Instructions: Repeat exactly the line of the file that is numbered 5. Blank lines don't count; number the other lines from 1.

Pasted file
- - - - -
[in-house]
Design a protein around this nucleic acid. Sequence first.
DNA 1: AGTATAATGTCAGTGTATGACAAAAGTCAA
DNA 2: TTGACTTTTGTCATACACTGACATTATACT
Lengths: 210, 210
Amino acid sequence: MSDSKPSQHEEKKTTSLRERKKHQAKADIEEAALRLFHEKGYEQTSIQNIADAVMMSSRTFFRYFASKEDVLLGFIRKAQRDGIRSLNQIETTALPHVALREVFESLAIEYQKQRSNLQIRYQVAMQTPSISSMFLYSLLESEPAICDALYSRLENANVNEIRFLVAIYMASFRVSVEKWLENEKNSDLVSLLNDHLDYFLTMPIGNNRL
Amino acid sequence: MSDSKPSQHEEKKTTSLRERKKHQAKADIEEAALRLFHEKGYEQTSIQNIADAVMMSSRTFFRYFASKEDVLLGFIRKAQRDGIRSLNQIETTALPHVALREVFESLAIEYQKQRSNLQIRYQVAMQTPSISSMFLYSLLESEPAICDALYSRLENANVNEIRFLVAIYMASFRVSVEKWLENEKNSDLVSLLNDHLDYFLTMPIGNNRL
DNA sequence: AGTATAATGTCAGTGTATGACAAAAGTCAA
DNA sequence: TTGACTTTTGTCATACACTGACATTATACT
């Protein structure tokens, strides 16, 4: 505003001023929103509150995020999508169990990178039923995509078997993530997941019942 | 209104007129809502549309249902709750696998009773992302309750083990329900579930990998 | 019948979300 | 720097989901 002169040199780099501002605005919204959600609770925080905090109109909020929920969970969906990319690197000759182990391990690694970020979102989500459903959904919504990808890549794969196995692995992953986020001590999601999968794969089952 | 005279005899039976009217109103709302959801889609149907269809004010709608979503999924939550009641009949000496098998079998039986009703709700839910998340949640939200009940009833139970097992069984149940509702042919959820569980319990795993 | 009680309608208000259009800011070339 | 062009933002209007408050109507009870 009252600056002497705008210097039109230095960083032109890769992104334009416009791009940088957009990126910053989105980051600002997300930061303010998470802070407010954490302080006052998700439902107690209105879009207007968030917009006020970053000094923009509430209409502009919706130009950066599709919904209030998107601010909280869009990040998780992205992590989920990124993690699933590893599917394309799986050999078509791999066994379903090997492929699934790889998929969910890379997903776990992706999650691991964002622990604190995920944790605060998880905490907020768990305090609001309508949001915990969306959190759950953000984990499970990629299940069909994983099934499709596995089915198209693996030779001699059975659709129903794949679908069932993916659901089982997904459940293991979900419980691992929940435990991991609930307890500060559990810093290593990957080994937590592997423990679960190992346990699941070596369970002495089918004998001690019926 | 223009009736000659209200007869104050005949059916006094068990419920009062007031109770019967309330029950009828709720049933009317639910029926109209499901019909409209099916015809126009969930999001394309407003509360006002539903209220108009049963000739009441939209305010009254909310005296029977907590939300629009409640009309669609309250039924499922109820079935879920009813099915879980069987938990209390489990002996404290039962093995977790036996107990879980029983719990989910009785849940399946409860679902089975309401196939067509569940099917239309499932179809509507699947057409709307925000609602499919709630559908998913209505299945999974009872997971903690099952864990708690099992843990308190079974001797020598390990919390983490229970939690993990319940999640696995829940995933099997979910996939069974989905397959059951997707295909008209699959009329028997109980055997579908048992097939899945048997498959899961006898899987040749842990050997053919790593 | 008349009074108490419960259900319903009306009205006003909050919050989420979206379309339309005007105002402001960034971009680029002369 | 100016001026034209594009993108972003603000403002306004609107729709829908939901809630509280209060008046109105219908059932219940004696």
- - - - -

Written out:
Lengths: 210, 210